Like Lauren’s story, which circles around her dissatisfaction with the standard depiction of girls’ fascination with horses, the other essays in this issue explore the many ways humans and animals share not only physical but also metaphorical space. Notably, in Of Mice and Women, Susan Cheever wonders how she can happily keep pet mice but become completely unglued upon discovering wild mice in her apartment. Cheever, a memoirist and biographer (most recently of Louisa May Alcott), has written about her father, the famed short story writer John Cheever, as well as about addiction to alcohol and sex, but not (yet!) about animal addiction—though she touches on that topic here.
Any animal addict will get a fix from this issue, which is truly a literary menagerie. Jennifer Lunden’s The Butterfly Effect recounts a trip to a monarch butterfly wintering site in California, which is also the home of Ro Vaccaro, the “Butterfly Lady of Pacific Grove.” Randy Fertel tells the story of how his father brought gorillas to the New Orleans Zoo, and Jeff Oaks finds that dog ownership is a path to embracing adulthood. Kelly Herbinson takes a date to watch grunion spawn, the ultimate exercise in fertility—and sometimes futility; Kateri Kosek, working at a wildlife preserve, had the unpleasant task of removing starling eggs and hatchlings from boxes intended for wood ducks. Finally, Chester F. Phillips, a rancher who loses a calf to a mountain lion, meditates on his responsibilities not only to the animals he raises but also to the animals whose territories he inhabits.
Almost 500 writers submitted work to a contest we ran seeking work for this issue, and we had to turn down many other fascinating, moving, informative stories. After all, this issue isn’t all Animals: It also contains Phillp Lopate’s column on the ethics of writing nonfiction about other people and Sarah Z. Wexler’s observations about magazine editors’ troubling resistance to technology. As in every issue, there’s also the cnfonline page, with a narrative blog and some recent winners from CNF’s daily #cnftweet contest. If you haven’t joined in on Twitter yet, I hope you’ll check it out: it’s fun to see what writers can accomplish with only 140 characters, and there’s quite a lively community using the contest as an ongoing writing prompt. This issue’s Pushing the Boundaries feature is a lovely, lyrical meditation about Jacques Cousteau and Lake Tahoe. Finally, we’ve got a special crossword puzzle to keep you company over morning coffee.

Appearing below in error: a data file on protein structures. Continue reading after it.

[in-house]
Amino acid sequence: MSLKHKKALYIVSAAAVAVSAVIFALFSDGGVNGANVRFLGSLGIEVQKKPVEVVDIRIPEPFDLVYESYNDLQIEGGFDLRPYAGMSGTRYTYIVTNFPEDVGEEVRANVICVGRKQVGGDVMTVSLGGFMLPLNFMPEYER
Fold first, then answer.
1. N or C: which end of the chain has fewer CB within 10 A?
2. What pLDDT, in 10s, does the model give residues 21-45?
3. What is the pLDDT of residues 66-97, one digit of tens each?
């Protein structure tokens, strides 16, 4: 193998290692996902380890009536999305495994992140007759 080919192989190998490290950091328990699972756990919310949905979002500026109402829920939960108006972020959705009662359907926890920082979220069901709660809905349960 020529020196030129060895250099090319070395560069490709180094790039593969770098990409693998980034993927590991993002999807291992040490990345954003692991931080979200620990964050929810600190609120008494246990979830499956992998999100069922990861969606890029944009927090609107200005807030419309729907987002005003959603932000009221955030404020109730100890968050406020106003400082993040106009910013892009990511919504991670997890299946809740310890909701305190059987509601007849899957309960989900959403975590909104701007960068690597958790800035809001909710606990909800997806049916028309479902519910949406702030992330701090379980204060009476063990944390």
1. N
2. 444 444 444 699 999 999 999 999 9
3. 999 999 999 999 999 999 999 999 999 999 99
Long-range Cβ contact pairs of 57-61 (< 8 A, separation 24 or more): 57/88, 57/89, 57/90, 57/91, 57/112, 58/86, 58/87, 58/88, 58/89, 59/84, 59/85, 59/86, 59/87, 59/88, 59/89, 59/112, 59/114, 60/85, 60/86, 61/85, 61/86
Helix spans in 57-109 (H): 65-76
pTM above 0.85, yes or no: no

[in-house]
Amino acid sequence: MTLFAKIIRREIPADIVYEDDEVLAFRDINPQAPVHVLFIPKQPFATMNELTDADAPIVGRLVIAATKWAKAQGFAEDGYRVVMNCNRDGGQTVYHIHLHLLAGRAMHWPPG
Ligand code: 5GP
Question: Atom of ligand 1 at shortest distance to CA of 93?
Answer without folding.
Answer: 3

This is our third issue in the new magazine format. The response to date to the redesign has been quite rewarding. The reviews and letters we have received have been positive, and our distribution has expanded. You can now find—maybe you did find—Creative Nonfiction in bookstores around the United States and in Canada, Singapore and Australia. Most encouraging of all, our subscription base is increasing steadily—and it’s our subscribers and long-time readers who mean the most to us.
Because, after all, without readers, a literary magazine can’t accomplish much. And although Creative Nonfiction has changed in many ways, our primary mission has remained the same since 1994: to publish the best and most distinguished authors—writers like Lauren Slater—while showcasing promising new talent like many of the writers in this issue, whose careers we can all look forward to following.
Lee Gutkind, recognized by Vanity Fair as “the Godfather behind creative nonfiction,” is the founder and editor of Creative... read more
From The Editor
Last fall, James Wolcott roasted me (as the "godfather behind creative nonfiction") and this journal on the pages of Vanity Fair... read more
An interview with Michelle Leveille
Michelle Leveille is a freelance artist specializing in biological illustration and scientific graphics. Her work is featured at the Los... read more